Federal Scientists Find in U.S. Samples the MCR-1 Gene Responsible for Colistin Resistance
In November 2015, scientists from China reported the first instance of a gene that confers resistance to colistin, known as mcr-1. Colistin is an older antibiotic that is effective against certain hard-to-treat bacterial infections in humans. Since the discovery in China, a global search ensued for the mcr-1 gene, and it has also been reported in Europe and Canada.
Federal scientists have been searching for the mcr-1 gene in ill people, in retail meats, and in food animals since reports of its presence in other countries and have now discovered two instances of the mcr-1 gene that confers colistin resistance in the United States: one in a sample from a food animal and one in a sample from a patient. No evidence has been found linking these two findings. These are the first isolates found in a search that began in 2015 and includes examination of approximately 55 ,000 isolates by federal scientists. The finding of mcr-1 in a human isolate was announced Tuesday, May 24, 2016, by the Department of Defense.
These findings are important because the mcr-1 gene is found on a plasmid, a small piece of DNA that can easily move from one bacterium to another, spreading resistant DNA between bacterial species.
The mcr-1 gene is also important because of the role colistin plays in human medicine. Colistin is commonly used in other parts of the world in human and animal medicine. In the United States, colistin is not used to treat animals but is used as a last-resort drug to treat patients with multi-drug resistant infections caused by CRE, “the nightmare bacteria.” Any gene that confers resistance to a drug of last resort is of public health concern.
One of the ways that scientists at the Centers for Disease Control and Prevention (CDC), the U.S. Food and Drug Administration (FDA), and the U.S. Department of Agriculture (USDA) have been searching for the mcr-1 gene is through the National Antimicrobial Resistance Monitoring System (NARMS), which has detected emerging resistance to clinically important antibiotics for the past 20 years. NARMS is a partnership among CDC, FDA and USDA, as well as state and local public health departments.
As a part of the NARMS effort, USDA’s Agricultural Research Service (ARS) scientists looked for the gene in intestinal samples from food animals: turkey, chicken, swine and cattle. A single strain of colistin-resistant E. coli was found in a pig intestinal sample, and a DNA sequence revealed that the strain contained the mcr-1 gene on a plasmid. To date, 949 animal samples in the ARS study have been screened; researchers plan to screen 2,000. The scientists also determined that the mcr-1 carrying colistin-resistant E. coli is resistant to other antibiotics including ampicillin, streptomycin, sulfisoxazole, and tetracycline.
CDC and FDA searched for the gene in the genome sequences of Enterobacteriaceae (Salmonella, Shigella/E. coli and Klebsiella) from human and retail meat sources. As of April 2016, about 54,000 isolates [including carbapenem-resistant Enterobacteriaceae (CRE)] from CDC, FDA, and the NCBI genomic database have been analyzed and none have shown the presence of the mcr-1 gene.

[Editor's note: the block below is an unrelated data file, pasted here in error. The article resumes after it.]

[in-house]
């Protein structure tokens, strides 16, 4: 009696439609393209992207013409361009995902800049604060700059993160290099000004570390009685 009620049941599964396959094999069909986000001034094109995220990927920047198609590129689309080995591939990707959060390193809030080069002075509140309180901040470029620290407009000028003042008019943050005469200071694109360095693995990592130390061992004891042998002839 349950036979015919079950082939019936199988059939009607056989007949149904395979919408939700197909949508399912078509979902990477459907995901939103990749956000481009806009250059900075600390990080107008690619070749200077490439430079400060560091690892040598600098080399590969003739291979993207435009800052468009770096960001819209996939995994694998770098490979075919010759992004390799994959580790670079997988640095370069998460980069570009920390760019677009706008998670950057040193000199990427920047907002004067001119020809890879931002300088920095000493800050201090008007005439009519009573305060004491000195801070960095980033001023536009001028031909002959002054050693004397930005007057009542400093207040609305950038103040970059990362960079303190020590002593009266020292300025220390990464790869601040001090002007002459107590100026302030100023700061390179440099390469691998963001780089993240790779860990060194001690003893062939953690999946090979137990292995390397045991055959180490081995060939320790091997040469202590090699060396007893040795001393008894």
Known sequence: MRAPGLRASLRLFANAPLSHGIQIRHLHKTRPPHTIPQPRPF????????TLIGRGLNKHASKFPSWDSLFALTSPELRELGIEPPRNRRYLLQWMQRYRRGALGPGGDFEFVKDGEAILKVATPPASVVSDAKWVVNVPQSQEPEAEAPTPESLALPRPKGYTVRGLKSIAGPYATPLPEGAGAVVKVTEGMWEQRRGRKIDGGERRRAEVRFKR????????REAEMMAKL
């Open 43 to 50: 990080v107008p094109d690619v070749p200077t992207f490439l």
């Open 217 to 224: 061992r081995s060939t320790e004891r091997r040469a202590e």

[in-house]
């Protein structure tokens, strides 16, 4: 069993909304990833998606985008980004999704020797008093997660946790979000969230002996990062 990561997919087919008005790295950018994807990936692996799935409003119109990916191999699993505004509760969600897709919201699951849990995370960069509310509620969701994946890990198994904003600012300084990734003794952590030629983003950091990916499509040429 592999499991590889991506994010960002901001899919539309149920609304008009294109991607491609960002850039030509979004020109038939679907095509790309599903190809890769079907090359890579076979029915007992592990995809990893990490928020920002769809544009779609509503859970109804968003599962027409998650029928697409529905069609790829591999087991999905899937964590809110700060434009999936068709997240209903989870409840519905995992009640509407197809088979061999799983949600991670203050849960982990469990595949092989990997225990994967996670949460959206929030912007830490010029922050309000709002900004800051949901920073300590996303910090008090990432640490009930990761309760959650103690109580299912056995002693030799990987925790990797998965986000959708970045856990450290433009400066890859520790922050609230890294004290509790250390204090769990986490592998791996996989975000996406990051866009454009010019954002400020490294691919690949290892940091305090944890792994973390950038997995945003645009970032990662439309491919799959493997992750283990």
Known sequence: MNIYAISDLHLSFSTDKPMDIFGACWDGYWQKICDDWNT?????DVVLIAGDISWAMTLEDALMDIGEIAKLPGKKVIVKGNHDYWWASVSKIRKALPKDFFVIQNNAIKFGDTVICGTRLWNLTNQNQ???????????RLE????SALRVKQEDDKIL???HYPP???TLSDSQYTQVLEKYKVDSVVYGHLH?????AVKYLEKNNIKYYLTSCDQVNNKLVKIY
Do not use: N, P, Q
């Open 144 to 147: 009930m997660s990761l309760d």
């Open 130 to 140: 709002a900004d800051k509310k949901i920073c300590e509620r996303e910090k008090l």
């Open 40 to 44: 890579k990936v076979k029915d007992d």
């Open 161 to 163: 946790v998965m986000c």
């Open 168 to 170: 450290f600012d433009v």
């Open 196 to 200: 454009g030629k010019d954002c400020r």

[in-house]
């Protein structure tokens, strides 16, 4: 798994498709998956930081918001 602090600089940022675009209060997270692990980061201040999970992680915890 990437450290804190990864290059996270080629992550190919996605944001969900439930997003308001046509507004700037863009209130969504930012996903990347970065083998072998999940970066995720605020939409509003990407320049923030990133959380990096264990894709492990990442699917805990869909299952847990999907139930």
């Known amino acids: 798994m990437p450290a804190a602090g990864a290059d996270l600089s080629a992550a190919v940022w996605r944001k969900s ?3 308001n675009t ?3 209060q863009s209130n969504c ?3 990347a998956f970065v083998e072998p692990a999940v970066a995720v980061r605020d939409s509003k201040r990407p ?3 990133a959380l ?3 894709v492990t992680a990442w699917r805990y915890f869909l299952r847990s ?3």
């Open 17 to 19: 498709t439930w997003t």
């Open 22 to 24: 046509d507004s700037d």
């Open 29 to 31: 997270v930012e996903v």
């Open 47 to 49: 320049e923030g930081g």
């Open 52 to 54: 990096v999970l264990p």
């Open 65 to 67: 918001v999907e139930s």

Although our findings suggest that mcr-1-mediated colistin resistance might be rare, CDC, FDA and USDA remind consumers that cooking all meat, poultry and fish to its proper internal temperature kills bacteria, viruses and other foodborne pathogens, whether or not they are antibiotic-resistant.
CDC reminds healthcare providers of the importance of preventing infections wherever healthcare is delivered and improving antibiotic use. CDC reiterates the need for a coordinated approach to prevent spread of antibiotic-resistant bacteria between patients and facilities, including CRE that potentially contains mobile plasmids such as mcr-1.
The NARMS partners will continue to study the newly isolated E. coli strain to better understand the mcr-1 gene. The findings could help determine additional steps to better understand the mechanisms and dissemination of mcr-1 and associated genes.
Beginning in fall 2016, CDC’s Antibiotic Resistance lab network will provide the infrastructure and lab capacity for seven to eight regional labs, and labs in all states and seven major cities/territories, to detect and respond to resistant organisms, including CRE recovered from human samples . State labs will be able to detect new forms of antibiotic resistance—including mutations that allow bacteria to survive the effects of the last-resort drugs like colistin—and report these findings to CDC in near real-time. With this comprehensive lab capacity, state health labs and regional labs that are part of the network will be able to investigate emerging resistance in ways currently unavailable, generating better data for stronger infection control among patients to prevent and combat future resistance threats.
And consistent with the National Action Plan for Combating Antibiotic Resistant Bacteria, CDC, FDA, USDA, DOD and other government agencies will continue efforts to track, slow and respond to the emergence of antibiotic resistance.